World War II was at last over and behind us. It had been nine years since the last Wakefield Cup event, the reigning Wakefield Champion Richard Korda is now 33 years old. Nine years ago Fred Bower of Canada who had placed second on only two flights in the 1939 Wakefield Cup Contest when he was 19 years old, had died at age 24, crashing into the St Lawrence River while ferrying a B-25 bomber. Robert Copland, now 35,who had been fourth in 1939, was now preparing to challenge the World in the quest of honor for "The Ol Mug" again.
The Wakefield Aeromodel Clubs of the United Kingdom had remained intact throughout World War II. Ted Evans, who owned an aeromodel shop which was the epicenter for Wakefield design of the Northampton club, was ready also. Ted, one of the finest Wakefield designers of all time, was ready with his new Wakefield design "Jaguar". The UK Team Trials began with the "Gutteridge Trophy" meet on May 2, 1948. Ted Evans was the eventual winner. Ted won by out flying 25 other Midland Area qualifiers that day. Ten of these entries flew Ted's "Jaguar", and one of those was a clubmate, a new member to Northampton, Roy Chesterton . At the final Team Trials both Ted Evans and Burt Revell crashed their "Jaguars" in the gusting wind, and rain. The "Jaguar" had a tendency to loop under full turns "making pieces on the ground !" as James Taylor wrote in his song.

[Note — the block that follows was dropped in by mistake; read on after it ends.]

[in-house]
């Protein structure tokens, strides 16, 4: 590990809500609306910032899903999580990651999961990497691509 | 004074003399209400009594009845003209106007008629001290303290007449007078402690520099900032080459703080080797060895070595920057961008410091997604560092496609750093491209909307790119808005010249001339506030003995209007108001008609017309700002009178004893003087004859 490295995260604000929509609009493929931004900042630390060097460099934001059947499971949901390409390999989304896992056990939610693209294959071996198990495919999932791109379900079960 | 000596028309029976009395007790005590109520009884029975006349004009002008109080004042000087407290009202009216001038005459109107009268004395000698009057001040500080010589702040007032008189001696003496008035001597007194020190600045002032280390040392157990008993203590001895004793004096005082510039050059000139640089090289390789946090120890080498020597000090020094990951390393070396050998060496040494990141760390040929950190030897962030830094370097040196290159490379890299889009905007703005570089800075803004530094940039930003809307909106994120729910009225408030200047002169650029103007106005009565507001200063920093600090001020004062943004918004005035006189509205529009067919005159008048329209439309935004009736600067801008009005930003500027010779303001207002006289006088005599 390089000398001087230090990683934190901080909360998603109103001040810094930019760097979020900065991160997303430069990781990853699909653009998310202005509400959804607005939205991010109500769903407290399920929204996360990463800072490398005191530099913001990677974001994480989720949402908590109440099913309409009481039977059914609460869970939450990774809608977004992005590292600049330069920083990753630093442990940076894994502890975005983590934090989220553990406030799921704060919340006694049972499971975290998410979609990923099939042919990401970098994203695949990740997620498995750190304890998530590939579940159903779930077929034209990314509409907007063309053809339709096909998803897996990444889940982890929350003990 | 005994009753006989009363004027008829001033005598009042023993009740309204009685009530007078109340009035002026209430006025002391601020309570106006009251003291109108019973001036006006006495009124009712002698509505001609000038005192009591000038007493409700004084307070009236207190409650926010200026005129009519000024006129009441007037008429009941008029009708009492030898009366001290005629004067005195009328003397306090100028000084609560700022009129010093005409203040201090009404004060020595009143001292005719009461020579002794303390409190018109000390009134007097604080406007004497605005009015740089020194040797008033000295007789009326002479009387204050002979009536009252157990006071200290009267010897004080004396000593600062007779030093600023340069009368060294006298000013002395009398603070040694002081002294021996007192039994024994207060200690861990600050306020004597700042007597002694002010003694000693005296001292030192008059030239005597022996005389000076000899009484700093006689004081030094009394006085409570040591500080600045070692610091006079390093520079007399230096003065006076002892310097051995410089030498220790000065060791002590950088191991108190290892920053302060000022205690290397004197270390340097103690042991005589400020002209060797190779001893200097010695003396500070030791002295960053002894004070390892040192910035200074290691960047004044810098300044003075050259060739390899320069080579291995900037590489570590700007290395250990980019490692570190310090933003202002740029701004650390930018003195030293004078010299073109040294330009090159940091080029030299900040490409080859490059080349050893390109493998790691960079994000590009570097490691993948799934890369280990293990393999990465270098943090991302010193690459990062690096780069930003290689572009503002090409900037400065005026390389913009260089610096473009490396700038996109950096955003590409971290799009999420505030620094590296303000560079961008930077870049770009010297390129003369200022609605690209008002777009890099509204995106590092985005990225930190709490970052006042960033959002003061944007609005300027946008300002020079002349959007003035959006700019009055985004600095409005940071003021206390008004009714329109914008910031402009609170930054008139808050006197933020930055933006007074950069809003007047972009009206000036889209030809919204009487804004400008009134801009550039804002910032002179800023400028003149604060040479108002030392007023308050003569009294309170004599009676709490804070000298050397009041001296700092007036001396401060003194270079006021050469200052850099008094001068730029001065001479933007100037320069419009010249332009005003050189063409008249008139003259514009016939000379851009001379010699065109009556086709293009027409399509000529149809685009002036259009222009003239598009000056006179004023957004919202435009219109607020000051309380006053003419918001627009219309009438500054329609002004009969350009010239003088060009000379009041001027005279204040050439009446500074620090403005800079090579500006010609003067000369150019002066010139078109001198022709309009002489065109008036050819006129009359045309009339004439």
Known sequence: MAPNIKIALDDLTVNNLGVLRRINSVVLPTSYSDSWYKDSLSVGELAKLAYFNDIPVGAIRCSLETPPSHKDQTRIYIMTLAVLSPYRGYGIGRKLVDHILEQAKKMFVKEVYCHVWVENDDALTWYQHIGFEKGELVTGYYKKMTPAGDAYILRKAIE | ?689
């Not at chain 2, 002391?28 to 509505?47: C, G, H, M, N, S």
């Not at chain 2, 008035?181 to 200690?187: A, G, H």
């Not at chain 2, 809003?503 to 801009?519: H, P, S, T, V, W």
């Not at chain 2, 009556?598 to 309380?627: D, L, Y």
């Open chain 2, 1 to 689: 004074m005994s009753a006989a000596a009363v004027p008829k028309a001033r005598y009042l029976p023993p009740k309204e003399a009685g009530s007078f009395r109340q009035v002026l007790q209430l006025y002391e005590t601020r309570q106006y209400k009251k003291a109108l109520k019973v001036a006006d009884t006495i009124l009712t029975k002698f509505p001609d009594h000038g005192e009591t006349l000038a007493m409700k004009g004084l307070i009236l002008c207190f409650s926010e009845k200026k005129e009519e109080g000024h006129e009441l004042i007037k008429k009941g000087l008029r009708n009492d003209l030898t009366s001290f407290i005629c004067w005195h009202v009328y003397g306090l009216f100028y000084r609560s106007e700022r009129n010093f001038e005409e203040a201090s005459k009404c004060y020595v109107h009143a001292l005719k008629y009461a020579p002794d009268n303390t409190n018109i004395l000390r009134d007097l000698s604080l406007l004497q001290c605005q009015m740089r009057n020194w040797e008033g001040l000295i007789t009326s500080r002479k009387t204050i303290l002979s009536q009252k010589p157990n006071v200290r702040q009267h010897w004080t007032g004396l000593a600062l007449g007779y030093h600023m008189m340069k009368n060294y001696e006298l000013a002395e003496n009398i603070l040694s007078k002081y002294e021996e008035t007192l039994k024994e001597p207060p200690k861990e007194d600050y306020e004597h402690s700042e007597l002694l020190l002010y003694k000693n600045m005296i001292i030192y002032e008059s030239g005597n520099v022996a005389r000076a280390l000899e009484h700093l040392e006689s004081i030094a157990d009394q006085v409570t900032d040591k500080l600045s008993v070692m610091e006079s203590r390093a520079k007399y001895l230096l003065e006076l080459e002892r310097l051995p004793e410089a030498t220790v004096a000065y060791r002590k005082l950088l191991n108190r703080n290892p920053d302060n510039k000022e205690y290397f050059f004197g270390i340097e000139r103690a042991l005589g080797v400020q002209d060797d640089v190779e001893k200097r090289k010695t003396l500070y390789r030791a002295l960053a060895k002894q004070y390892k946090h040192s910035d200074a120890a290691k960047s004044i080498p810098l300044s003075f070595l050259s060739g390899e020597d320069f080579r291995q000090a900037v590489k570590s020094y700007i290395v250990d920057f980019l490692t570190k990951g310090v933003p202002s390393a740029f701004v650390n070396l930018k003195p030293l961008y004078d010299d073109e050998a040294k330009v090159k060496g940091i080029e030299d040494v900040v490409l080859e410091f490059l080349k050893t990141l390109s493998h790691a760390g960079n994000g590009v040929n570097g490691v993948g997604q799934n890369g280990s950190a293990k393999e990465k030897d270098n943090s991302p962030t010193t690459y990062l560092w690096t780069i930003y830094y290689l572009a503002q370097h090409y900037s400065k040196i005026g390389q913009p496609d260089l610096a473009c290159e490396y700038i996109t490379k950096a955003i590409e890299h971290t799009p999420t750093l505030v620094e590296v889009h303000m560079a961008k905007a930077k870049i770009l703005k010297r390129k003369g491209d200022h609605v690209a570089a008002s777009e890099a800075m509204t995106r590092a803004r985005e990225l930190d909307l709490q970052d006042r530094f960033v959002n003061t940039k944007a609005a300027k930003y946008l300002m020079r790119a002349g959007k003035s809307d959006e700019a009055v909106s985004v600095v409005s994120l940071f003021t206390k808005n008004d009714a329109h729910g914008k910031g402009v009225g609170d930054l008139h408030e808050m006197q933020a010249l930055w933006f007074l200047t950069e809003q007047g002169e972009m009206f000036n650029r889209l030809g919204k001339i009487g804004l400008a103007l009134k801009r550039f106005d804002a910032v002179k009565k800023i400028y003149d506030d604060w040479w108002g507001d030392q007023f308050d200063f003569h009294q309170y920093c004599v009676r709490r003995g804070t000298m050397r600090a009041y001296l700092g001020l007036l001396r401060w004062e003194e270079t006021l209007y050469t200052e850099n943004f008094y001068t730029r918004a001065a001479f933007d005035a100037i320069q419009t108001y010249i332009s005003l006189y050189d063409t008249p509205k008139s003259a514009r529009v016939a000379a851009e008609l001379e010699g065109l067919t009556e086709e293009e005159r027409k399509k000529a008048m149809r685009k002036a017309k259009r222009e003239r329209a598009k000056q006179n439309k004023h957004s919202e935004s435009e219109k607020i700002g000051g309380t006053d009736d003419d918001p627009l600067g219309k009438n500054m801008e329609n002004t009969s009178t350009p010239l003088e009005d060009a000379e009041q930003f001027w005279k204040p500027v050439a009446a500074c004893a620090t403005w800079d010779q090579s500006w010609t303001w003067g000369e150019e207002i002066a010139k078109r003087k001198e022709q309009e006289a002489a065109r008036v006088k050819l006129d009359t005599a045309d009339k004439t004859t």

Nick Evans, Ted's son was quoted in SAM 35, No.4 :"My father was a modest man. I am sure that nobody knows that he carved the propeller for Roy Chesterton's "Jaguar", and also trimmed it in the early morning hours in one of Northampton's parks. Mike Kemp the author of this article, went on to mention "...the rules of the Wakefield Event at the time stated:
"The model, including the propeller(s) must be constructed by the entrant." This was the "Builder of the Model Rule" (BOM) that was rescinded forty-nine years later by the Plenary Committee of the FAI/CIAM in 1988, because the rule had become unenforceable by that time. (IK: it is hard to believe that there was so much complaint about removal of the rule when it had been completely flouted by historical names so much earlier).